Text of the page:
People that live in Indiana are called “Hoosiers,” and the funny thing is that nobody seems to know why. If you cannot remember why you got married, you may want to understand Indiana divorce laws.
Divorce Laws in Indiana for Infidelity
There are four grounds when it comes to Indiana divorce laws, which the state calls “grounds for a decree of dissolution of marriage.”
The first one is the most common. It is a no-fault ground for divorce called “irretrievable breakdown of the marriage.” In other words, the marriage has broken down and the couple wants to split up. Neither spouse necessarily did anything wrong.
Before the 1970s, the only way to get divorced was to prove that your spouse had committed some “fault,” like adultery.
Indiana still has a few fault grounds for divorce, including the conviction of a felony, impotence, and incurable insanity.
You can no longer get a divorce on the grounds that your spouse cheated on you under State of Indiana divorce laws.
Adultery could, of course, cause an irretrievable breakdown though.
Indiana divorce laws – alimony
In many states, a divorced spouse can be forced to pay monthly payments to an ex-spouse until the ex gets remarried or dies.
Historically it was usually a husband paying support to his ex-wife because she was thought to be unable to care for herself. This is a bit of an antiquated idea that is falling out of favor because today a divorced wife is usually expected to live a full life without needing her ex.
Divorce laws in Indiana will only allow very limited alimony in unusual cases, and it is usually only for a short period of time.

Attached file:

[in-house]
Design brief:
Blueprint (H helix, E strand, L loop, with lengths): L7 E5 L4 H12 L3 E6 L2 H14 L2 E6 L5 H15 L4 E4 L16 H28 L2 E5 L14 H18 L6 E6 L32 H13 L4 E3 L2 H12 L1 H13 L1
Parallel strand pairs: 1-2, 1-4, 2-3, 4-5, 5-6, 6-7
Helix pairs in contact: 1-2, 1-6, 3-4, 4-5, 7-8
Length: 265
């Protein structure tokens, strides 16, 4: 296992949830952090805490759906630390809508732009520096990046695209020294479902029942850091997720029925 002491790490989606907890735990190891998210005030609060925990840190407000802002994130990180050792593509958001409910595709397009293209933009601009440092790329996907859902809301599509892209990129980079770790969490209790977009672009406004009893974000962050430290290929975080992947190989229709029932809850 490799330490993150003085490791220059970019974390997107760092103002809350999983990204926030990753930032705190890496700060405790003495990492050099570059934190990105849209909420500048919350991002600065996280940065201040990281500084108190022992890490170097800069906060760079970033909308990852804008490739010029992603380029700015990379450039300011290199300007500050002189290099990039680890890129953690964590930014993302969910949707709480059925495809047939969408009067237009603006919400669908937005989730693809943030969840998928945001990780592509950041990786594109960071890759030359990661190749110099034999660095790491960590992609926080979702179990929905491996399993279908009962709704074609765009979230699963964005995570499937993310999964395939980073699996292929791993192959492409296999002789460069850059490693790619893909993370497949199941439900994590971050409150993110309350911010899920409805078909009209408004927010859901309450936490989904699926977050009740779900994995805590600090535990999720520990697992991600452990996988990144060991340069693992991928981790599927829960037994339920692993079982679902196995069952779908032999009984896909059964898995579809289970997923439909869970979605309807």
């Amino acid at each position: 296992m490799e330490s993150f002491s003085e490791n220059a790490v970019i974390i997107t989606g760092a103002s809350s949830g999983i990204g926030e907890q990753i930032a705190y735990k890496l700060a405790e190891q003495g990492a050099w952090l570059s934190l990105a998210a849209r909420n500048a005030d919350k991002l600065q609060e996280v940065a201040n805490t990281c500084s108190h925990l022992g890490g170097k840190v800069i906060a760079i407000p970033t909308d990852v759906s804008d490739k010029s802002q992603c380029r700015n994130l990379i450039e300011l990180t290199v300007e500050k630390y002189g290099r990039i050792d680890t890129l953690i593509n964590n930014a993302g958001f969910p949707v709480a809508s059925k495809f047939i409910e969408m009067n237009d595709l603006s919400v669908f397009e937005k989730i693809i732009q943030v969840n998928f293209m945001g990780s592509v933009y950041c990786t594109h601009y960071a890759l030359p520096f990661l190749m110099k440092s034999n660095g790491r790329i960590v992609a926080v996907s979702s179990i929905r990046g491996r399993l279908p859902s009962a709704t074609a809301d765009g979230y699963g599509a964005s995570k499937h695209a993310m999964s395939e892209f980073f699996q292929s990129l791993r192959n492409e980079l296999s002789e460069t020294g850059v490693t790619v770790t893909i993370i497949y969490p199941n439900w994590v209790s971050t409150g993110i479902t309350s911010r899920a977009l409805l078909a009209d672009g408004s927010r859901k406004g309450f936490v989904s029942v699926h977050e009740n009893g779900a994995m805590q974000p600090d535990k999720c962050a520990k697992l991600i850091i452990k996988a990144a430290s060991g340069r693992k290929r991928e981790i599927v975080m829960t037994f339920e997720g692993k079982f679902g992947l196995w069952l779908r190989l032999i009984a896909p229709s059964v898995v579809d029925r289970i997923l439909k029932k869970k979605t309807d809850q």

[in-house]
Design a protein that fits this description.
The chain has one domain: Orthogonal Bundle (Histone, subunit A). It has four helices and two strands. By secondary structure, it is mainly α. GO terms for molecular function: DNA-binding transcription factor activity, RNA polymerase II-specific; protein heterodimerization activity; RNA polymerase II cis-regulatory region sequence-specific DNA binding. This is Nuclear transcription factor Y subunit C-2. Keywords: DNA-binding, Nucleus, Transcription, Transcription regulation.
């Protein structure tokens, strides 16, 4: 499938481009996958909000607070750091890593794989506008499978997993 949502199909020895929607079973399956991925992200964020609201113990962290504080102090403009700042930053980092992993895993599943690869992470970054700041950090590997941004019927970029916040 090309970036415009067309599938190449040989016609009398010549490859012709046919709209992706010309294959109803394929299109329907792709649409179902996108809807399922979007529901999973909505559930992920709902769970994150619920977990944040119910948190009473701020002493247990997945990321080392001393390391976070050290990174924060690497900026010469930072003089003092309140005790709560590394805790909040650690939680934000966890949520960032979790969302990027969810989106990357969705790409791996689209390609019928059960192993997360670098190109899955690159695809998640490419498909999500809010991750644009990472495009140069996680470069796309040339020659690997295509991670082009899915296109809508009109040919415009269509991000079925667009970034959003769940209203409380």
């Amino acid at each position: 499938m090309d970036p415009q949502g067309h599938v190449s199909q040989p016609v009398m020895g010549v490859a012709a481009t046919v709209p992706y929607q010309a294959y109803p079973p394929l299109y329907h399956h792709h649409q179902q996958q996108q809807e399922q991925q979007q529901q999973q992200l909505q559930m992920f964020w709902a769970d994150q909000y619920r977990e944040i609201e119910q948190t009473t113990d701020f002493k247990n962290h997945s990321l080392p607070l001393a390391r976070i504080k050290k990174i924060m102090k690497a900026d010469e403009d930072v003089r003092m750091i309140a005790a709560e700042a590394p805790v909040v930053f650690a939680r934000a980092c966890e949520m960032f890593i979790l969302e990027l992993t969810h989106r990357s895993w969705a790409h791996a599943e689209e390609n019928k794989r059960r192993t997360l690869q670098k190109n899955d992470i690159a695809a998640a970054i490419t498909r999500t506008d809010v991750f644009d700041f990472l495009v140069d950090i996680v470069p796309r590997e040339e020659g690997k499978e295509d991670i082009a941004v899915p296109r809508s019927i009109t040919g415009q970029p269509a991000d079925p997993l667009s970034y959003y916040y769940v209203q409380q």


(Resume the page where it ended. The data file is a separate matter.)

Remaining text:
Indiana divorce laws regarding property and children
Indiana really encourages couples to have “amicable settlements” on issues like property and child custody and support.
The idea is that courts are bogged down with all sorts of disputes and judges do not need to spend all their time trying to make fair decisions about intimate family disputes.
As such, a court can, and usually will incorporate an agreement from the couple into the final divorce decree.
Property has to be divided in a “just and reasonable manner,” and Indiana divorce laws assume that the split should be equal unless there is some reason to do it differently.
Reasons for having a different split include the contribution of each spouse to the marriage and the economic circumstances of each spouse after the marriage.
When it comes to children, Indiana courts always look the the “best interests of the child.” Usually, that means whatever the parents agree to, but sometimes a court will step in to resolve disputes or even overrule both parents.
Child support payments will usually follow a calculated amount based on where the child lives and how much each parent earns.
Pump the brakes
Indiana does not want couples to split up too fast.
The state’s divorce laws say that a final hearing on divorce cannot be granted until 50 days have passed since the petition for divorce. This “waiting period” is thought to keep couples from making a rash decision.